I couldn’t resist this charming poem and accompanying illustrations, apparently given as a contribution to a scrapbook in the early 1860s. (Sadly, I have only this page, not the rest of the scrapbook.)
In case you have difficulty reading the poem, here’s a transcription:
I’ve been requested in this book
To write lines old or new
By one I gained a knowledge of
On the 5th Avenue.
(The street where Harry Alxxn (?) walks
On pleasant afternoons
With sundry showy specimens
Of young female Balloons.)
‘Tis thought the ladies seldom love
A specimen of “Mose”,
But some an interest take I fear
In “Metamora Hose.”
For fear someone the hose carthouse
To find would have to search
It stands directly opposte
The Twenty-First Street Church
And in the window o’er the door
Young men on the alert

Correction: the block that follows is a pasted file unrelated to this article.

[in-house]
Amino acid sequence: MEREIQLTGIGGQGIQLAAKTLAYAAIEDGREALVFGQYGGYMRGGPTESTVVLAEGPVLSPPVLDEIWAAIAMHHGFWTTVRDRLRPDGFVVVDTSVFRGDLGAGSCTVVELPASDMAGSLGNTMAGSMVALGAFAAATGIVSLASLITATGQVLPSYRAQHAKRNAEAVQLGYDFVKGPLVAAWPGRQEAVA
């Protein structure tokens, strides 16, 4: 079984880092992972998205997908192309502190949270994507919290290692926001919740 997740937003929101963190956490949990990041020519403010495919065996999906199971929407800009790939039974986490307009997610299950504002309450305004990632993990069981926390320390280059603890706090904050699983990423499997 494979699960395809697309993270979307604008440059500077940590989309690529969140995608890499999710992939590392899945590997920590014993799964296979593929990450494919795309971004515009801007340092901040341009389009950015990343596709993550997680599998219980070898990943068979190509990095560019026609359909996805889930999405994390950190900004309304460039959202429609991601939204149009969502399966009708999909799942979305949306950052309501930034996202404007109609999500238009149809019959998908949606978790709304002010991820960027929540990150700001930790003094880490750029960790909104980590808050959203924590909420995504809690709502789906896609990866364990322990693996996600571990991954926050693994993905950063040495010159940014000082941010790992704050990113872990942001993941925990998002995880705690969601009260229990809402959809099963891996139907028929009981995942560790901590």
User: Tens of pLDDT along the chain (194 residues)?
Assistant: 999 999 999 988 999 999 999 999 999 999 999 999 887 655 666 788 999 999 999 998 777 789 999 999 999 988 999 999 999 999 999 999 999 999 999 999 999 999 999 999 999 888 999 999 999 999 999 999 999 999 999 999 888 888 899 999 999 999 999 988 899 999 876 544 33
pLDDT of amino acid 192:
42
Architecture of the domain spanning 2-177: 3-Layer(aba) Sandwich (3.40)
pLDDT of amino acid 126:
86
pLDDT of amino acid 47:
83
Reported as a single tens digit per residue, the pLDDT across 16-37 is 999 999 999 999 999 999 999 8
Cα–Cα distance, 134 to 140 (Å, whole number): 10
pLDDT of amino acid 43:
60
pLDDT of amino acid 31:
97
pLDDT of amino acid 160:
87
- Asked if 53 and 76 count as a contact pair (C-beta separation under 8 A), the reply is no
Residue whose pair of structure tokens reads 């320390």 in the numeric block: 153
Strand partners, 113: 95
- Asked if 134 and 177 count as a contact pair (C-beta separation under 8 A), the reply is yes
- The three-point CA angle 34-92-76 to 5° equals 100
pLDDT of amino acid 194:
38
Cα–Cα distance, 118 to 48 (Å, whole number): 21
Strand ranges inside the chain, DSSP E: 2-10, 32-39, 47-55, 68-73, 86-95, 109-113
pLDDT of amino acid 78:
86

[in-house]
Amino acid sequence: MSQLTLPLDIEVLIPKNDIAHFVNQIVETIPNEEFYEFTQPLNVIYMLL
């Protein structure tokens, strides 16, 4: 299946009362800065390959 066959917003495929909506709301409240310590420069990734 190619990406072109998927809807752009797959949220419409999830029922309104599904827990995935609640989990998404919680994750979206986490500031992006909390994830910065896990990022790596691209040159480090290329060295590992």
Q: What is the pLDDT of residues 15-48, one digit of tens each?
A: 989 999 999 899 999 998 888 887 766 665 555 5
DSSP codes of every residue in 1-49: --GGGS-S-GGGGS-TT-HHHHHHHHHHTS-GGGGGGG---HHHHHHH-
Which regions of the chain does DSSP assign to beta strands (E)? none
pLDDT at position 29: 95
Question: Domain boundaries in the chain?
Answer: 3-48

Look out, I think, with longing eyes
To get a chance to flirt.
‘Twas in this walk of flirts and fops
We two exceptions met,
And though our acquaintance there began
We do not feel regret.
No, though our old friend Mrs. Green
May smile and call me flat,
If another chance I should have
I’d wave and touch my hat.
“Mose,” in case you were wondering (I certainly was) refers to “Mose the Fireboy,” a legendary character associated with the “B’hoy” culture of the Bowery. He was the hero of several plays and novels; the illustration below, from the Harvard Theater Collection via Wikipedia, shows him as played by actor Frank Chanfrau. The “Metamora Hose” was a volunteer fire squad located at the corner of 21st Street and Fifth Avenue.